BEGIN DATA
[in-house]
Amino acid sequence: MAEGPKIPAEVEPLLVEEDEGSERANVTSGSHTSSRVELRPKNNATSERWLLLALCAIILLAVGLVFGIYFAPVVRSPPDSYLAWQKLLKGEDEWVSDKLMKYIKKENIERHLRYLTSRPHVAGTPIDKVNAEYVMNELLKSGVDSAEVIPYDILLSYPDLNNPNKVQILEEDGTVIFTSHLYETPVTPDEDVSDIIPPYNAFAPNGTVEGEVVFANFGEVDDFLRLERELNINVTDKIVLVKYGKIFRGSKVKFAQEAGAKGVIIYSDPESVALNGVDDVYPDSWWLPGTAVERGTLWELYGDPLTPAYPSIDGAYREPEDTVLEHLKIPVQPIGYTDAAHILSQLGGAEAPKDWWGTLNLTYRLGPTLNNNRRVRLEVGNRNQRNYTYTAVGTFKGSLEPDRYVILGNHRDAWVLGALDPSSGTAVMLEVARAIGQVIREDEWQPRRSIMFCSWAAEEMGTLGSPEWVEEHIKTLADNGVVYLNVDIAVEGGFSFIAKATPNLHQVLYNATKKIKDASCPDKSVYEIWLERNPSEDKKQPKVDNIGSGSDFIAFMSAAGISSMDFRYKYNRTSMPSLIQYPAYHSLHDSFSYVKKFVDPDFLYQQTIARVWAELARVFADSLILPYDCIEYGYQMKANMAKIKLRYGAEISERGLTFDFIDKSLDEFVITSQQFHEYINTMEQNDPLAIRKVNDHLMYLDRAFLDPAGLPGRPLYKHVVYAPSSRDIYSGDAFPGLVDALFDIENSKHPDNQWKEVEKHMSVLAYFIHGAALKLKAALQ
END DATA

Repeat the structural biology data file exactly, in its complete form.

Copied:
[in-house]
Amino acid sequence: MAEGPKIPAEVEPLLVEEDEGSERANVTSGSHTSSRVELRPKNNATSERWLLLALCAIILLAVGLVFGIYFAPVVRSPPDSYLAWQKLLKGEDEWVSDKLMKYIKKENIERHLRYLTSRPHVAGTPIDKVNAEYVMNELLKSGVDSAEVIPYDILLSYPDLNNPNKVQILEEDGTVIFTSHLYETPVTPDEDVSDIIPPYNAFAPNGTVEGEVVFANFGEVDDFLRLERELNINVTDKIVLVKYGKIFRGSKVKFAQEAGAKGVIIYSDPESVALNGVDDVYPDSWWLPGTAVERGTLWELYGDPLTPAYPSIDGAYREPEDTVLEHLKIPVQPIGYTDAAHILSQLGGAEAPKDWWGTLNLTYRLGPTLNNNRRVRLEVGNRNQRNYTYTAVGTFKGSLEPDRYVILGNHRDAWVLGALDPSSGTAVMLEVARAIGQVIREDEWQPRRSIMFCSWAAEEMGTLGSPEWVEEHIKTLADNGVVYLNVDIAVEGGFSFIAKATPNLHQVLYNATKKIKDASCPDKSVYEIWLERNPSEDKKQPKVDNIGSGSDFIAFMSAAGISSMDFRYKYNRTSMPSLIQYPAYHSLHDSFSYVKKFVDPDFLYQQTIARVWAELARVFADSLILPYDCIEYGYQMKANMAKIKLRYGAEISERGLTFDFIDKSLDEFVITSQQFHEYINTMEQNDPLAIRKVNDHLMYLDRAFLDPAGLPGRPLYKHVVYAPSSRDIYSGDAFPGLVDALFDIENSKHPDNQWKEVEKHMSVLAYFIHGAALKLKAALQ